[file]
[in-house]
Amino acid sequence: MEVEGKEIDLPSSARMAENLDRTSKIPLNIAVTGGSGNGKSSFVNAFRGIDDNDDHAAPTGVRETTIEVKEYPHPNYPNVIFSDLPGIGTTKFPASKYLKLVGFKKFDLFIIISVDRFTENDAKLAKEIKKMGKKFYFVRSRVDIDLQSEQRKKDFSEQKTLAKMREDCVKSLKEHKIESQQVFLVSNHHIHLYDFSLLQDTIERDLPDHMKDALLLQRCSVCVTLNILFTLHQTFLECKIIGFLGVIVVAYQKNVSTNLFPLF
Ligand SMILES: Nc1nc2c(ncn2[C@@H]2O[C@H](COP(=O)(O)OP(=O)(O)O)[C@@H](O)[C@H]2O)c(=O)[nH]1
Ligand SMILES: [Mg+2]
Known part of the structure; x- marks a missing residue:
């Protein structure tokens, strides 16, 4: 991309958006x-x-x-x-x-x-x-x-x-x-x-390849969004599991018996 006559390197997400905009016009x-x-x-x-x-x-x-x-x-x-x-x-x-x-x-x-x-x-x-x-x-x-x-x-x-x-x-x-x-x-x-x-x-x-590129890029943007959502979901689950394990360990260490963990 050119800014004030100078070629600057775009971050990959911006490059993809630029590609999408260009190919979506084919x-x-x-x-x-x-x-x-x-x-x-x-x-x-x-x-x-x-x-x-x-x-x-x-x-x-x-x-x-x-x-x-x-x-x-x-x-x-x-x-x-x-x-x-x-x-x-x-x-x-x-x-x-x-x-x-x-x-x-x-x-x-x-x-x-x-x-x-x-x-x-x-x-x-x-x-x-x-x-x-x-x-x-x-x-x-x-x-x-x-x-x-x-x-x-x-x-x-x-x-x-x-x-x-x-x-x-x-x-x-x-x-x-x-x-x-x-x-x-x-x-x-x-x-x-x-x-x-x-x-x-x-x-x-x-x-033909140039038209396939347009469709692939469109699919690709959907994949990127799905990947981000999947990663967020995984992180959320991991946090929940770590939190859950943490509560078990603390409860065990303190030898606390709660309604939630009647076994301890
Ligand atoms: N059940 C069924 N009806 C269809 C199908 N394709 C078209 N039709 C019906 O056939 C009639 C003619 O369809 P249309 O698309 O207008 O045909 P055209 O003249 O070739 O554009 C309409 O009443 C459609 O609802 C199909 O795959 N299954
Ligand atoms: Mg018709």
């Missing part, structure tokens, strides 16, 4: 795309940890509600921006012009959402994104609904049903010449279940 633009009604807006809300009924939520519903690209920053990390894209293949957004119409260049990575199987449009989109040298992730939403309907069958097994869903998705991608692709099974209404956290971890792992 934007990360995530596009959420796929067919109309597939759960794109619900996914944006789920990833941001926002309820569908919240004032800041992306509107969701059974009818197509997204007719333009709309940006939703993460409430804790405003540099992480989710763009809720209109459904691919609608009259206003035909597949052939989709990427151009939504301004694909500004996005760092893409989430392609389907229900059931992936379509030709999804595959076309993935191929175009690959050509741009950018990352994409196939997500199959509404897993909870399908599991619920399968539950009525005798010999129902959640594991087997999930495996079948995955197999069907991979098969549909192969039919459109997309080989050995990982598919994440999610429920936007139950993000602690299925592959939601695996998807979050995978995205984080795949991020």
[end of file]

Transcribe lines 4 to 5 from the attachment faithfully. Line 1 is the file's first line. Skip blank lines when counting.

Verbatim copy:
Ligand SMILES: [Mg+2]
Known part of the structure; x- marks a missing residue: